However now, depending on the scientific requirements, we can improve upon such trade-offs with using deep learning surrogate models to include these elements in a way that interfaces naturally with the underlying N-Body simulations. An example of this hybrid simulation3 developed in our group at BCCP is shown in Figure 3. Say we want to simulate the gas momentum density in the Universe. These observables are currently simulated with expensive hydro-simulations, but can now instead be generated with FlowPM end-to-end at 1000x less cost.
Figure 3 : An example of hybrid simulation where we supplement dark matter output of PM simulation (left) with a 2 layer non-linear transformation (network) to simulate the gas momentum density in the Universe (center). Compare it against the truth that is simulated with a 1000x more expensive hydro-simulation (right)

Distributed simulations with Mesh TensorFlow5,6

All of this may appear simple in principle, but there is another challenge; our Universe is huge! To match the observations of current and future surveys accurately, we will need to evolve billions of particles at the same time. This makes the N-body cosmological simulations challenging in two ways:

1. Continuously evolving billions of particles is computationally very expensive. Furthermore, to estimate the gravitational force between all particles, we will need to count all the particle-pairs in the simulations. This scales as N2 which makes such computations prohibitive. Fortunately, there are approximate schemes to make this tractable. The one we employ here in FlowPM is a particle-mesh (PM) approach. In a PM approach, for the purpose of estimating gravitational force, we discretise the space on a regular mesh of size Ng, and then compute forces over the whole space using highly optimized 3D Fast Fourier Transforms. This reduces the computational cost from N2g to Nglog(Ng).

2. Despite these algorithmic optimizations, billions of particles also make these simulations very memory intensive. As a result, simulations of useful sizes which require meshes of a minimum of 1024x1024x1024, do not fit on a single GPU. Hence, we need a model parallelism framework to develop large-scale simulations and that’s where Mesh TensorFlow comes in.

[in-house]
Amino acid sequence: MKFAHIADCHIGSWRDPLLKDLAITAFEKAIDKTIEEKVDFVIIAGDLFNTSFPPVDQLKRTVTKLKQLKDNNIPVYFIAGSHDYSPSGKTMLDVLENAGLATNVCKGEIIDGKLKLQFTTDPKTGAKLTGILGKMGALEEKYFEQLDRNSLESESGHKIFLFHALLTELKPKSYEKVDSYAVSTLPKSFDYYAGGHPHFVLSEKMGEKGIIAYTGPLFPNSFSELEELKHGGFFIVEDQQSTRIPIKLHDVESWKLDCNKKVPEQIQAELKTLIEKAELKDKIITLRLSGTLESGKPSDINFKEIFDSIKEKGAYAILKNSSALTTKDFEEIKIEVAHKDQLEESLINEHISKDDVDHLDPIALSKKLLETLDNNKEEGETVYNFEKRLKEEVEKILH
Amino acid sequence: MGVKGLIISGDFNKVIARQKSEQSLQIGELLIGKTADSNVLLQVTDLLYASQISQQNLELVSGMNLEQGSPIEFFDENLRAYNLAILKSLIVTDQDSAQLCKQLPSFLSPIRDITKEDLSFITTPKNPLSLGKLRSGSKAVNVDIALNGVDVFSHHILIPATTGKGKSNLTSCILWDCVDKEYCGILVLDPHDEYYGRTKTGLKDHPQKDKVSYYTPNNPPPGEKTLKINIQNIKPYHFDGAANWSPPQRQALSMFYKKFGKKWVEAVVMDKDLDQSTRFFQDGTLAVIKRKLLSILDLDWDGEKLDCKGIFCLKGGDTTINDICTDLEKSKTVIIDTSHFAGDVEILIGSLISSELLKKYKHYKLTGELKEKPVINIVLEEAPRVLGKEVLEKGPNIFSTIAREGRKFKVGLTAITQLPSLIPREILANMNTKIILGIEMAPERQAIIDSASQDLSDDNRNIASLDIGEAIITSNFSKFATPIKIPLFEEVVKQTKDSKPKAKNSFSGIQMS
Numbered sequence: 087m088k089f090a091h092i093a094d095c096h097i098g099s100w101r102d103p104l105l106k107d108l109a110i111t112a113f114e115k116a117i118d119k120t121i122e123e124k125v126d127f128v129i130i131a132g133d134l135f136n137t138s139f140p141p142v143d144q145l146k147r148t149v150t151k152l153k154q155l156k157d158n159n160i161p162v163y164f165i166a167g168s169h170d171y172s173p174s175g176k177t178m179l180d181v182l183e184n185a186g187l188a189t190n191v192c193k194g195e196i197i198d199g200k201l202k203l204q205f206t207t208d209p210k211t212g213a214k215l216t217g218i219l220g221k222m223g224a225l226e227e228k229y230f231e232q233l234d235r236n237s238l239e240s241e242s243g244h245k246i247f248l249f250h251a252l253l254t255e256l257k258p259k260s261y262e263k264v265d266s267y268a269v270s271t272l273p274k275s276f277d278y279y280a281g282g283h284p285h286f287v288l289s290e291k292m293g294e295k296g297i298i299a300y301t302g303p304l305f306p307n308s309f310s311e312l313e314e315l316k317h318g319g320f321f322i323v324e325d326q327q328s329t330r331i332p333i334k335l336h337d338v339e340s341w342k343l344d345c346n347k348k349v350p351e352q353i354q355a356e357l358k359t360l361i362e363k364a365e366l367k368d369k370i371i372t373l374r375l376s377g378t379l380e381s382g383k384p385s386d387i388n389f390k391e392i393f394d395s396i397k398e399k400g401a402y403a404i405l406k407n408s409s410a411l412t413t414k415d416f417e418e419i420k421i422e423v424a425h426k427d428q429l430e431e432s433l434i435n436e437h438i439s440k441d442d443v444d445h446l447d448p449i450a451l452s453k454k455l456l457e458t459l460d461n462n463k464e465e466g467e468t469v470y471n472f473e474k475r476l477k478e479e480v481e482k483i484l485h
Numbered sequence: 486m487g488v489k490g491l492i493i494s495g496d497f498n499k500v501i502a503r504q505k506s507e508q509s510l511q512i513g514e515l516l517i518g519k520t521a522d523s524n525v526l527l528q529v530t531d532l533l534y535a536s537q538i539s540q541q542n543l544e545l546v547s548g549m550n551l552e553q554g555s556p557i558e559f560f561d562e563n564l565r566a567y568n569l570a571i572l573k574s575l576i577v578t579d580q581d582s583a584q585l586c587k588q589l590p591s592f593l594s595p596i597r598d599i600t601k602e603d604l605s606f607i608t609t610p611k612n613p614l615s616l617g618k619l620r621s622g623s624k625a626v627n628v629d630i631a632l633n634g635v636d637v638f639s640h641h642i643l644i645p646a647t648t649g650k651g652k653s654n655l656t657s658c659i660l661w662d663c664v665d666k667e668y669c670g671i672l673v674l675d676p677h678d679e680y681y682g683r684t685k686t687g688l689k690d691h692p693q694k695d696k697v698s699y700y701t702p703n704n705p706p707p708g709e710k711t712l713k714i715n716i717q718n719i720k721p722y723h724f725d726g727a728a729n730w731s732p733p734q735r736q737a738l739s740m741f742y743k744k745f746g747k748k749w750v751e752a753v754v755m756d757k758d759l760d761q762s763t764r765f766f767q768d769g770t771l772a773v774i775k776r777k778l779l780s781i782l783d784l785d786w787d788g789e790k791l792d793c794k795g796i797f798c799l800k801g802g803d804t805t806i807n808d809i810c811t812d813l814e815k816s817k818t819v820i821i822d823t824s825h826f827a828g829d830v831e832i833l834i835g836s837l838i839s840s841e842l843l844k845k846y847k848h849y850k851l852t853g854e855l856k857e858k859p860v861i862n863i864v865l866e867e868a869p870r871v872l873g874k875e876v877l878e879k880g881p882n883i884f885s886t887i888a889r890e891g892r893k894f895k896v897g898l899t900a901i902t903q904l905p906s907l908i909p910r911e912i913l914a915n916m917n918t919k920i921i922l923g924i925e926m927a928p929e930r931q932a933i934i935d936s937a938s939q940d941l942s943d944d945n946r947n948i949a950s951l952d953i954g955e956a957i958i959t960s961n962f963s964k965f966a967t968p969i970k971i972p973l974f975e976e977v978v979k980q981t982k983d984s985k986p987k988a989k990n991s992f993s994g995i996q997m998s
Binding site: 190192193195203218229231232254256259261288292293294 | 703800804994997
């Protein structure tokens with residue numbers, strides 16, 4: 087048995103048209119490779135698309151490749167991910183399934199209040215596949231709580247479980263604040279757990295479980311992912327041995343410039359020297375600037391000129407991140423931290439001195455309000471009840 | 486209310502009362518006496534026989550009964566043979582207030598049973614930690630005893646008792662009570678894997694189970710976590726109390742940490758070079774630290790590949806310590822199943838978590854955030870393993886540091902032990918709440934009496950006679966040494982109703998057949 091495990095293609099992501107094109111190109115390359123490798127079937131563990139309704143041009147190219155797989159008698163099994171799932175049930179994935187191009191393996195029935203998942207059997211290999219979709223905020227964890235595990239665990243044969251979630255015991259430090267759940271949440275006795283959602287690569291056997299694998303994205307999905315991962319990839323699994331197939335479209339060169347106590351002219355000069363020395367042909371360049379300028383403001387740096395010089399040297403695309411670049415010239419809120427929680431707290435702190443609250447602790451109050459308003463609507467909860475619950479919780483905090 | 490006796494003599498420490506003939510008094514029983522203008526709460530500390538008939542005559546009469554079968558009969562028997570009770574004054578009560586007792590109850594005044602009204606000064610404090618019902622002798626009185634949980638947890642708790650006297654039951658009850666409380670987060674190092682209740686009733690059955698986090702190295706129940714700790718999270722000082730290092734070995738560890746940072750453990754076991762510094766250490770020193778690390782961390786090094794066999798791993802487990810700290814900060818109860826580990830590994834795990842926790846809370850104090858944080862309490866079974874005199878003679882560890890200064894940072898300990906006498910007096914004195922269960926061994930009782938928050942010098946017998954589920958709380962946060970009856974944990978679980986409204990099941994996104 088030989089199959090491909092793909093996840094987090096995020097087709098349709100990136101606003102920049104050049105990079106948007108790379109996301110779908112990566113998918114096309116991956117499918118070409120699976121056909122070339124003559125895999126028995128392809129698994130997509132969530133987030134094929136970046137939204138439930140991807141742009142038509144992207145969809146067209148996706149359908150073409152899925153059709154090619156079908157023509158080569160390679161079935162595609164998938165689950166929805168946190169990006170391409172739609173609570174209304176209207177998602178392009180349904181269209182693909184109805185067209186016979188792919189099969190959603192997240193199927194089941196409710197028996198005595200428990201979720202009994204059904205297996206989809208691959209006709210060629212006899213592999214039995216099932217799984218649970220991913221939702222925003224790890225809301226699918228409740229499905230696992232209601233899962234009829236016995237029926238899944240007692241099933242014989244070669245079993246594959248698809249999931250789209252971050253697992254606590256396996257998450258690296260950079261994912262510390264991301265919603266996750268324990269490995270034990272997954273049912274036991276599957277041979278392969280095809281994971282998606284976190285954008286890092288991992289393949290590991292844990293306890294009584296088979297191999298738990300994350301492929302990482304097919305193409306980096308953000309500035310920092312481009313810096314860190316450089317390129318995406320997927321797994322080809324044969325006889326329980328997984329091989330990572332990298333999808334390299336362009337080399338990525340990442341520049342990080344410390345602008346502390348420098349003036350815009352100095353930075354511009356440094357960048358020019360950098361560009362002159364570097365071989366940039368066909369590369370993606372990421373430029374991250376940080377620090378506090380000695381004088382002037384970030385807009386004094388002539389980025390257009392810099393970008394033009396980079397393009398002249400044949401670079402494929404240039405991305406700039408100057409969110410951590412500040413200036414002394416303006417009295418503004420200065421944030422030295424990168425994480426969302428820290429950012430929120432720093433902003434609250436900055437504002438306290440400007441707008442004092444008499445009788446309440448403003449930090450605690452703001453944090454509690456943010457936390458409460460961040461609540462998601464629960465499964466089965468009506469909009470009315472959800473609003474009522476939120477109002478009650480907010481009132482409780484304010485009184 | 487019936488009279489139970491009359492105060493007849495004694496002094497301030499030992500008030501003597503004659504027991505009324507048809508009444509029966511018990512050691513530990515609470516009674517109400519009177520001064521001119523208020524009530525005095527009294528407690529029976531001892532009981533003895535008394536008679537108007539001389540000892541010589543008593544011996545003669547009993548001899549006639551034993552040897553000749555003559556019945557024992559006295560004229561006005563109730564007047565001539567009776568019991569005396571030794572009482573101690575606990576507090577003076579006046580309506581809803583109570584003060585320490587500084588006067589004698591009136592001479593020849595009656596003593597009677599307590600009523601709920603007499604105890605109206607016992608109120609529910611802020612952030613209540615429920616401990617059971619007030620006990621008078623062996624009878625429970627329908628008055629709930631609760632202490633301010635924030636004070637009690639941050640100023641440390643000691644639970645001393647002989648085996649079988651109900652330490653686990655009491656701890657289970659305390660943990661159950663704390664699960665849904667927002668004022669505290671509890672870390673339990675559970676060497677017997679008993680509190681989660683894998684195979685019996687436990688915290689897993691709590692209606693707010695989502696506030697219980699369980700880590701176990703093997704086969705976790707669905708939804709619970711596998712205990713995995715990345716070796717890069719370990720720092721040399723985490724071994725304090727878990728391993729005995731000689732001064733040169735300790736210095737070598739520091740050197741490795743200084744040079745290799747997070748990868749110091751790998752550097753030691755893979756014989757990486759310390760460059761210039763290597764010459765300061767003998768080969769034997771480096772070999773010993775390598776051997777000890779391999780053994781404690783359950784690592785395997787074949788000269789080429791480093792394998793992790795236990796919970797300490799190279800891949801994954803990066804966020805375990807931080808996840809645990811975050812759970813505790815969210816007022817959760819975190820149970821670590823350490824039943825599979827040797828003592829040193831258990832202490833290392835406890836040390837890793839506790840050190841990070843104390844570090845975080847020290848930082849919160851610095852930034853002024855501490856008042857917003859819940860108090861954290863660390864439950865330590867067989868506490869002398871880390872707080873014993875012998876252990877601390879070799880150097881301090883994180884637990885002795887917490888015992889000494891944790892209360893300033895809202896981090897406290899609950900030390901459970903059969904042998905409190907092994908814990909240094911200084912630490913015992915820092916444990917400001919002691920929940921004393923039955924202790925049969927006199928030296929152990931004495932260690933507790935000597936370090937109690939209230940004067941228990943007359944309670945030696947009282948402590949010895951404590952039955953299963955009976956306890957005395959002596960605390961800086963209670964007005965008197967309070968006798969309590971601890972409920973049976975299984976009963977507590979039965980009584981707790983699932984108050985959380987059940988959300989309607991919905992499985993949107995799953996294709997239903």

Mesh TensorFlow framework allows us to easily describe our simulation in terms of distributed tensors, keeping track behind the scenes of distributed gradients and memory communications between devices. By writing our N-body solver in Mesh TensorFlow, we can distribute these massive simulation volumes on supercomputers across many devices. In such a simulation, every process and mesh-component evolves a different region of space at every time-step. Using the same simulation code, we can simultaneously evolve 128 independent Universes of 128x128x128 grid on cloud TPUs or a Universe with 1024x1024x1024 grid size on 64 GPUs at national computing facilities like NERSC. In addition to enabling large simulations, a model parallelism framework also allows us to speed up intermediate size simulations by splitting the computation across multiple processors. This is demonstrated in the following Figure 4 where we show that on average, FlowPM simulations are 40x faster than the current differentiable python simulations, FastPM.

Figure 4 : We compare the time scaling with number of processors for 1 step in 2563 grid PM simulation in FastPM (CPU based python code run on Cori Haswell cores) & FlowPM (GPU based Mesh TensorFlow code run on Cori GPUs)


Numerical simulations of our Universe have formed the backbone of the large scale structure cosmology for more than three decades. With FlowPM, we are taking the first steps to integrate these simulations with deep learning components in a single unified framework while maintaining the exact physical understanding of the underlying phenomenon. In cosmology, this combination has opened doors to developing novel analytic tools as well as push modeling into regimes that was hitherto intractable. These are areas of active research, made increasingly urgent with the next generation of cosmological surveys, that will observe tens of millions of objects in the Universe coming online at the turn of the decade. This confluence of physical modeling and machine learning has largely been made possible due to the model parallelism framework of Mesh TensorFlow, and we hope that the component analytic and computing tools developed with FlowPM will also benefit large scale scientific applications in other disciplines beyond cosmology.

We would like to earnestly acknowledge the support of our colleagues at NERSC - Wahid Bhimji, Steve Farrell, Peter Harrington, Prabhat and at Google - Niki Parmar, Thiru Palanisamy, Noam Shazeer, Youlong Cheng, Zak Stone as well as others who have pointed us to relevant resources, actively discussed ways to optimize and improve these simulations and provided useful feedback.


  1. FastPM (underlying PM scheme for FlowPM)-
  2. FlowPM code in TF:
  3. Dai et al.:
  4. Reconstruction of initial conditions with Neural Networks -
  5. Mesh Tensorflow :
  6. Parallel FlowPM code with MeshTF:

Next post
Simulating the Universe in TensorFlow

Guest post by Chirag Modi, François Lanusse, Mustafa Mustafa, Uroŝ Seljak from Berkeley Center for Cosmological Physics, CosmoStat Laboratory, and the Lawrence Berkeley National Laboratory
IntroductionNumerical simulations1 of the large scale structure of the Universe are fundamental tools used by cosmologists to make sense of the vast amount of data collected by cosmological surveys. These simula…